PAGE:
Originally published on Facebook for no real reason September 22nd 2014
Robin Thicke had been in the music business long before the summer of 2013. His father Alan gave Robin both the privilege of his last name and the open doors to several of his musical friends. By the time he was 17, Robin had co-wrote several pop and R&B hits throughout the 90’s for artists like Brandy, Christina Aguilera and Brain McKnight. His very first single “When I Get You Alone” came out in 2002 to moderate but respectable radio success. However his father openly questioned whether he should go down this path, even doubted his chances for success. Perhaps having been a moderate success himself, Alan knew the rough road ahead of him. But Robin’s heart was set on becoming a musical star.
If you’ve seen his debut video, you already know the drastic cosmetic changes Robin underwent in 2006 in order to appeal to a wider fan base, which did work, but to only a modest level. The R&B charts knew him well but the Pop world still wanted their blue eyed soul to come from Justin Timberlake. And despite the acclaim he had, the praise he wanted existed firmly in the Pop world. The R&B market is just too small a market for his dreams, despite their loyalty to him.
However his biggest hits on either Billboard chart were directly related to Pharrel Williams involvement, a man who floated between mainstream and underground popularity with ease and without care. Some musical analysts questioned openly if Robin’s fans were enjoying the singer or just the beat, and many were left without a firm answer.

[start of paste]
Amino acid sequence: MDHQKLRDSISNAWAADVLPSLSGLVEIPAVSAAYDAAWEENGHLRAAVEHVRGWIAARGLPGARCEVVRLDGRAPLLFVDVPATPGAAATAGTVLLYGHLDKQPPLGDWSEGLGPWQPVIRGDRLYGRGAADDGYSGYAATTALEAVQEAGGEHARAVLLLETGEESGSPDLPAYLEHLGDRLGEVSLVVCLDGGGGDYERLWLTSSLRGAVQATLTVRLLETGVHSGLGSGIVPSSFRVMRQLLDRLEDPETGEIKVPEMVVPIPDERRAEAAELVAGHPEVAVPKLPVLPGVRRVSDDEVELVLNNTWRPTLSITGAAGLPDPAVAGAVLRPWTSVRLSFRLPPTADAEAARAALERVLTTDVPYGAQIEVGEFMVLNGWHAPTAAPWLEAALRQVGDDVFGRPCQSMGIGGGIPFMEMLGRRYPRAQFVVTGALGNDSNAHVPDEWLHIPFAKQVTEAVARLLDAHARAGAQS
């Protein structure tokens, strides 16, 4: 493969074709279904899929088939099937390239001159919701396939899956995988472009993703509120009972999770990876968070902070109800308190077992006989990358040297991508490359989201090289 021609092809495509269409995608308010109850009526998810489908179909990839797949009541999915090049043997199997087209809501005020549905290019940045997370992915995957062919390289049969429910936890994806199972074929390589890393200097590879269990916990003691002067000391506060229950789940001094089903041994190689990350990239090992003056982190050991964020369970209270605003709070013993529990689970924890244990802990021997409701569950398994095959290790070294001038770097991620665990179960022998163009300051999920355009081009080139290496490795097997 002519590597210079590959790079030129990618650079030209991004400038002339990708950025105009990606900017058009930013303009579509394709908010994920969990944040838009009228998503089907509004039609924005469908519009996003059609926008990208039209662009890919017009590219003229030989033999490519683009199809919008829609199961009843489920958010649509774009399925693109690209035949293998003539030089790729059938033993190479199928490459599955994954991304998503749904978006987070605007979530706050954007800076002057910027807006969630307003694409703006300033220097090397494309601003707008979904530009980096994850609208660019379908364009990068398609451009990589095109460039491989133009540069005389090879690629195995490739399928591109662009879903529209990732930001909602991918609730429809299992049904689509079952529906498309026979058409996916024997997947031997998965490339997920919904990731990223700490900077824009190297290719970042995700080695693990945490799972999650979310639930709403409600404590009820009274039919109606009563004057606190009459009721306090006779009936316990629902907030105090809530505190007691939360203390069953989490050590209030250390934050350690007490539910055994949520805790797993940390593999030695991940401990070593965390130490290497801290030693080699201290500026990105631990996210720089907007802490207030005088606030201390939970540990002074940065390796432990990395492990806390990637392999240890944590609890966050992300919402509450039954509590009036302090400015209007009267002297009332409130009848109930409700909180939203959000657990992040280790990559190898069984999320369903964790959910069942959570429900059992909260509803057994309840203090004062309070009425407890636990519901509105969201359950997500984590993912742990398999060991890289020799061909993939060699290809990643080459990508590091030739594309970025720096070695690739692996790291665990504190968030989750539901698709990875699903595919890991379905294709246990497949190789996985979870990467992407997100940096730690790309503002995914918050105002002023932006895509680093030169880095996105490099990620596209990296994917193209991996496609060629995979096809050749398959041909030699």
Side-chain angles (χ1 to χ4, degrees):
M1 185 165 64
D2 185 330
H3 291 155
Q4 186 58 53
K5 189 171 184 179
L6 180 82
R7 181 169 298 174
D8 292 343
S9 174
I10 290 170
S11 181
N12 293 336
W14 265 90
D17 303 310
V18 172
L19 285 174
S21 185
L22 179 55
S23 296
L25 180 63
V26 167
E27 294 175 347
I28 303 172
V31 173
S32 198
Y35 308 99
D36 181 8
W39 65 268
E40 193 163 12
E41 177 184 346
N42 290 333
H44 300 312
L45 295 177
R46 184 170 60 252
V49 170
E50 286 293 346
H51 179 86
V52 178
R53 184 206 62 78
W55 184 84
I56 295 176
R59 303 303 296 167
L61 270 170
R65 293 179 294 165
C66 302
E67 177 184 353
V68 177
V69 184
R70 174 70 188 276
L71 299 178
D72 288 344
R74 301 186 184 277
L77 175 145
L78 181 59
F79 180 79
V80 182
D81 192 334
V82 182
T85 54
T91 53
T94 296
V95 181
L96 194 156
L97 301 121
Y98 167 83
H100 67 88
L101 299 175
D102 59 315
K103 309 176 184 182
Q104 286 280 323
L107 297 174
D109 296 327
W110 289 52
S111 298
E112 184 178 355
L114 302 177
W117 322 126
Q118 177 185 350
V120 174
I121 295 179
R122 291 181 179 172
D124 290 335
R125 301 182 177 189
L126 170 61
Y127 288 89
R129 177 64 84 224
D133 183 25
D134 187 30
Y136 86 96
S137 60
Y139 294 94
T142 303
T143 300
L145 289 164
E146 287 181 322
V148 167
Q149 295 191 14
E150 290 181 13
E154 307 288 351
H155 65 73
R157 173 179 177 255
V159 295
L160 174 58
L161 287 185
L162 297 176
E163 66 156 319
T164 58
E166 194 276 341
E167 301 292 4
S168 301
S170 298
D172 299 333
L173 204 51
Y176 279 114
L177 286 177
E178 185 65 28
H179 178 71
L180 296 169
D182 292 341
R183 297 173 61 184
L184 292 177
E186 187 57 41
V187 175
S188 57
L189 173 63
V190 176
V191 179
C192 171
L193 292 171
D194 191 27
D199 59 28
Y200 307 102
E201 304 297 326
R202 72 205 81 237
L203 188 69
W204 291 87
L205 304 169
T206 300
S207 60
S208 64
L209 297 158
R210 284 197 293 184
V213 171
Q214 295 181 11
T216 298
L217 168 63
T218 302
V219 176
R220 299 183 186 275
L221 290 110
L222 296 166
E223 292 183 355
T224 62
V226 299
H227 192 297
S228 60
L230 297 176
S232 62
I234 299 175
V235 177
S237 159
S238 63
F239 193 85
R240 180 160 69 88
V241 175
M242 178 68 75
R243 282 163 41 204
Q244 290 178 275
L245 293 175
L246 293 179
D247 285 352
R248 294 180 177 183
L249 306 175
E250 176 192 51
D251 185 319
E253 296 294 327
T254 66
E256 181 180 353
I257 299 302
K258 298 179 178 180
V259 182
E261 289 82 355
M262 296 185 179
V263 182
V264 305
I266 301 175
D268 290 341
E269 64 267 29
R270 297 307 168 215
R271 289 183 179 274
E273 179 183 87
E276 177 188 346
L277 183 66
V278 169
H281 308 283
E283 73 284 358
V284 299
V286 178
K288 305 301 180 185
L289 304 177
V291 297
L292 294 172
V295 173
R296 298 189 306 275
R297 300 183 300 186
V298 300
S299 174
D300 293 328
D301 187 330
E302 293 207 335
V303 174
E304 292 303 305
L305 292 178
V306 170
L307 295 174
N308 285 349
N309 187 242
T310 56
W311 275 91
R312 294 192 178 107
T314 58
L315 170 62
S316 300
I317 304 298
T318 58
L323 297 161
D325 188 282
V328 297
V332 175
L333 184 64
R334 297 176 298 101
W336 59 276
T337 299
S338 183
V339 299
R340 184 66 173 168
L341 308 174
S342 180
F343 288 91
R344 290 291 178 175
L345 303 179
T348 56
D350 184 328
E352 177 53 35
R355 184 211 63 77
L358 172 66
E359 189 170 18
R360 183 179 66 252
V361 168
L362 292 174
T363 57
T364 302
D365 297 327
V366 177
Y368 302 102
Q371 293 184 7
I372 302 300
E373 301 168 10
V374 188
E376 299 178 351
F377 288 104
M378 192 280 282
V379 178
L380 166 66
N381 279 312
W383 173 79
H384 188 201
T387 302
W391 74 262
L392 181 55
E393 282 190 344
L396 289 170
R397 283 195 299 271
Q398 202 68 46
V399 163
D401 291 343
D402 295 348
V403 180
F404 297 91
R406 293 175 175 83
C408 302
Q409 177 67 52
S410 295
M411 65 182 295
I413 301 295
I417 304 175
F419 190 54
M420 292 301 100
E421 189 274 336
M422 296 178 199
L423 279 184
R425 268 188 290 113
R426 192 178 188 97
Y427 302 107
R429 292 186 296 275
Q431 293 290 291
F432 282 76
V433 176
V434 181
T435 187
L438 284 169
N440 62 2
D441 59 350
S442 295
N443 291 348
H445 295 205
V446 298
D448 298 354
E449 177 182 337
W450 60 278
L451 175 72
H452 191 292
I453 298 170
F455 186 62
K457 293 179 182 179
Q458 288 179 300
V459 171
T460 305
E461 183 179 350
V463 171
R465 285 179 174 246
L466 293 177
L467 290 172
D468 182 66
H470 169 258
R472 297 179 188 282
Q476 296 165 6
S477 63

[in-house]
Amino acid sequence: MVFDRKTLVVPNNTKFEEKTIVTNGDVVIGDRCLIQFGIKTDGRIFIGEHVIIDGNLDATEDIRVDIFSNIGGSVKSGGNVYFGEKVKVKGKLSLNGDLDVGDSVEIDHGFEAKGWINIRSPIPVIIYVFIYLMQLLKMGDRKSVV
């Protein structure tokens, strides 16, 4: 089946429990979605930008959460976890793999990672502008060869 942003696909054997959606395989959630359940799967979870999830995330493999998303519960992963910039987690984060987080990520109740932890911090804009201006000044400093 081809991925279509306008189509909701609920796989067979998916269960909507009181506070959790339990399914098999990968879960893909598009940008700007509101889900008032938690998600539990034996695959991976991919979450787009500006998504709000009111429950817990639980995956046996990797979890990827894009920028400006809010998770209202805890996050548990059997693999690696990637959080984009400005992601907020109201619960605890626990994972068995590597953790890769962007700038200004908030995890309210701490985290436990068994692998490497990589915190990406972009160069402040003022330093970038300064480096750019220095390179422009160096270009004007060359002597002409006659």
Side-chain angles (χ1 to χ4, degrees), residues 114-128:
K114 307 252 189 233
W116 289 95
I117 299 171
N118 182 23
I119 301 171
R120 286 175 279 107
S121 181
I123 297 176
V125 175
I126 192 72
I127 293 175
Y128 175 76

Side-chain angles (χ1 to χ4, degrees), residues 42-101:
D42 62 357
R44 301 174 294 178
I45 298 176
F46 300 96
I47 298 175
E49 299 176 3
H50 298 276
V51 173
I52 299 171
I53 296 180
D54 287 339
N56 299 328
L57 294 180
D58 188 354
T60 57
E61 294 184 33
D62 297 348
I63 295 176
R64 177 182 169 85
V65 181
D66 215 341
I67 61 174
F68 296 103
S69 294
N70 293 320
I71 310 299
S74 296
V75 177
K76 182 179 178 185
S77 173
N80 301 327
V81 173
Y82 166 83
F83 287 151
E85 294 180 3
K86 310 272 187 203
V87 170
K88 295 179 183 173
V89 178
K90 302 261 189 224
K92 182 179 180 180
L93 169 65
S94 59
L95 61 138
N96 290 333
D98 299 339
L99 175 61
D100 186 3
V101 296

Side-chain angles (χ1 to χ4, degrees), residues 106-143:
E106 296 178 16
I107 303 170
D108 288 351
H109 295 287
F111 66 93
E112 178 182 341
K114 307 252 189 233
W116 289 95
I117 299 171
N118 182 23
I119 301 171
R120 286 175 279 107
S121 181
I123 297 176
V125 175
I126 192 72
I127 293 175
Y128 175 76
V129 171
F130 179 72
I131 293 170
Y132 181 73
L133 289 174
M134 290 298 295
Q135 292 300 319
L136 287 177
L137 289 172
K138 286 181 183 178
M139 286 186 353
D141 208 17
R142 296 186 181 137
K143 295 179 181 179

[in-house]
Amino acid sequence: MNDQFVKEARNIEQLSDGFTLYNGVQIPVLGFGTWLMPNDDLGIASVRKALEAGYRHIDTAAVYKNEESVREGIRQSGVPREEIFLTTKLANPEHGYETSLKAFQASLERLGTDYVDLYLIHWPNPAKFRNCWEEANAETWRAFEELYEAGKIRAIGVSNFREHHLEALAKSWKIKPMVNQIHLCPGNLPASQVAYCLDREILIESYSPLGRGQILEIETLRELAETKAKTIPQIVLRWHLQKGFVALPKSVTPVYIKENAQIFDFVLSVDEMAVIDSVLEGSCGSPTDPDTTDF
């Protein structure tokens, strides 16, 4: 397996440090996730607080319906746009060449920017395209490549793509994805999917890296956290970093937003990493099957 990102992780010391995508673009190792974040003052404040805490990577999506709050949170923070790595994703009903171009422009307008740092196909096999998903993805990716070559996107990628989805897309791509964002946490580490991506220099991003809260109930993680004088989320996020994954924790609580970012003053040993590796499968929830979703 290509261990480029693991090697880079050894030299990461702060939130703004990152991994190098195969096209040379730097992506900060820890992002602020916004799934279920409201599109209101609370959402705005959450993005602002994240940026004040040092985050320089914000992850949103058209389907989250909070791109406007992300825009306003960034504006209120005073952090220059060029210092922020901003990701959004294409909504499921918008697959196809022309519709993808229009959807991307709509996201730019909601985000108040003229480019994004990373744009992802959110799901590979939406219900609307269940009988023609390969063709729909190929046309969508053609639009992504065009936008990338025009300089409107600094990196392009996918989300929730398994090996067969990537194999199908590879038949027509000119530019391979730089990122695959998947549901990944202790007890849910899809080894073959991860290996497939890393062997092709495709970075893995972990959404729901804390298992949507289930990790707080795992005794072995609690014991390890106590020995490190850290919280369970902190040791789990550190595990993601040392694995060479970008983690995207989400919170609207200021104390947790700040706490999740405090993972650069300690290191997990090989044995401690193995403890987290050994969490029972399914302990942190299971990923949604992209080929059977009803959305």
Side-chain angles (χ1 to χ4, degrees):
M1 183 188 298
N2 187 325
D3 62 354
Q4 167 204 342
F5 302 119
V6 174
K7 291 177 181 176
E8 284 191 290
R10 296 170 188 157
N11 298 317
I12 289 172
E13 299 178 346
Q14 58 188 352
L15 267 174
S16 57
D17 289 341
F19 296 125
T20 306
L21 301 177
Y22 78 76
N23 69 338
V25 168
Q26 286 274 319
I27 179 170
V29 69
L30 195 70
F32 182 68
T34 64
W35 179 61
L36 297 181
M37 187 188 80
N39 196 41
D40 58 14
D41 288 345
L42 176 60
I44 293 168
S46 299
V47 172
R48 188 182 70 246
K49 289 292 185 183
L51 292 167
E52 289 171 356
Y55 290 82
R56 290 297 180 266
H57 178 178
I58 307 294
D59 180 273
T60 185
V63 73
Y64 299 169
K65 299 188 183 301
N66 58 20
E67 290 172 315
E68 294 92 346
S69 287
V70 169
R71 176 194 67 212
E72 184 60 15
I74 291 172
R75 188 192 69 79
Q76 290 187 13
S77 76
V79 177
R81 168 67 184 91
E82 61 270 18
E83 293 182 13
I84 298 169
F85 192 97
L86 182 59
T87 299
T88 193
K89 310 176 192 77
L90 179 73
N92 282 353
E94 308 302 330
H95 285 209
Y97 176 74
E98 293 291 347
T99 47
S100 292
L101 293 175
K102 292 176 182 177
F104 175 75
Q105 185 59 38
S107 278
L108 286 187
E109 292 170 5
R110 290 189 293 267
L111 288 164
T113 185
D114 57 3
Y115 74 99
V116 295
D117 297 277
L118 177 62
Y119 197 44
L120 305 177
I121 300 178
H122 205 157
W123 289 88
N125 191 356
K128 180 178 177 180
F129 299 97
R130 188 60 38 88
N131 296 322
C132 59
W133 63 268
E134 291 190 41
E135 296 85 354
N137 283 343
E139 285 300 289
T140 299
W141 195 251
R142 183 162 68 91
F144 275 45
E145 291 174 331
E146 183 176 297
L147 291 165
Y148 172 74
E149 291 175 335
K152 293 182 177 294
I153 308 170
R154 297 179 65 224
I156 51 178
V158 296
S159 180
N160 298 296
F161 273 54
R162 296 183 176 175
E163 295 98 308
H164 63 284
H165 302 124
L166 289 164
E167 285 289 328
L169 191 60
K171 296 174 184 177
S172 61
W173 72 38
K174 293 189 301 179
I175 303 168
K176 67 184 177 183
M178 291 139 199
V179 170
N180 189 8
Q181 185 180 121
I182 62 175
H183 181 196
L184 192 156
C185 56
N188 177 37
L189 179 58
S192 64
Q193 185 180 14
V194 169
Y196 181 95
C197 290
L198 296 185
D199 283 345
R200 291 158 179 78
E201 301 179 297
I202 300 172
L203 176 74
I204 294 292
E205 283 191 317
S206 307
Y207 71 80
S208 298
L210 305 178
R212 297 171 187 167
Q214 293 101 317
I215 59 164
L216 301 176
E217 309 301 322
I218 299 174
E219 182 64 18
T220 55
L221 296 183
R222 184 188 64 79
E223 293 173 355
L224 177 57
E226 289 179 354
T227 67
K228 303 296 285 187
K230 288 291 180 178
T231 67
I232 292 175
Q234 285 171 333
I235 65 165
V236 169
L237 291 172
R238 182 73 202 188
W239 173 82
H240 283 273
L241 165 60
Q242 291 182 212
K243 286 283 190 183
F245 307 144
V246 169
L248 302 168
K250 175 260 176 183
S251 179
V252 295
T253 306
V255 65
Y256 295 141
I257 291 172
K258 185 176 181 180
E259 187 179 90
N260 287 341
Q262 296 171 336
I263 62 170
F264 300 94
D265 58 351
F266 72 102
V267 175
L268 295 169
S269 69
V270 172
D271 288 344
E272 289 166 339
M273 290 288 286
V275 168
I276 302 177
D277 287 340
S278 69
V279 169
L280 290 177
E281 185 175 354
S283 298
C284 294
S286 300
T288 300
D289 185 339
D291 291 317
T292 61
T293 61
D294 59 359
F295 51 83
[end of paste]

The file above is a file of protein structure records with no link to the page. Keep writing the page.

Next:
And so this man, unable to define for himself where is his success lies and watching his younger years dwindle away, took full creative credit for the 2013 song of the summer. A year later he then admitted under oath having very little to do with the creation of the runaway hit.
Hopefully with this admission (one forced due to the circumstances) the guilt of his pride has stopped eating away at him. Hopefully he no longer has to quiet his nagging morality with powerful sedatives and a constantly inebriated state. It certainly kept him from thinking critically about the content of his lyrics. It also kept him from properly assessing how best how best to win over his lost love and instead gave him courage (however foolish) to publish his heartache for world to see. But these victories are ultimately hollow ones.
What can you tell a man who is sure he already knows it all? How can you advice a man who is pleased with his man-made throne? How can you warn a man that not only won’t listen, but can’t due to the medicine he’s prescribed to himself?
You just have to watch him fall.
He traded his credibility for a grasp at that star that had alluded him for so long. Yet every vodka-filled water bottle was a reminder that he wasn’t ready for the warmth from that light. Alone, shamed, and defeated, Robin Thicke is Icarus floating lifeless in the dark ocean, blanketed by the feathers of his hubris.
He will surely be afforded redemption at some point, men like him always are. But he’ll have to first remove the wax from his shoulders and learn to no longer look to the sun as his only star.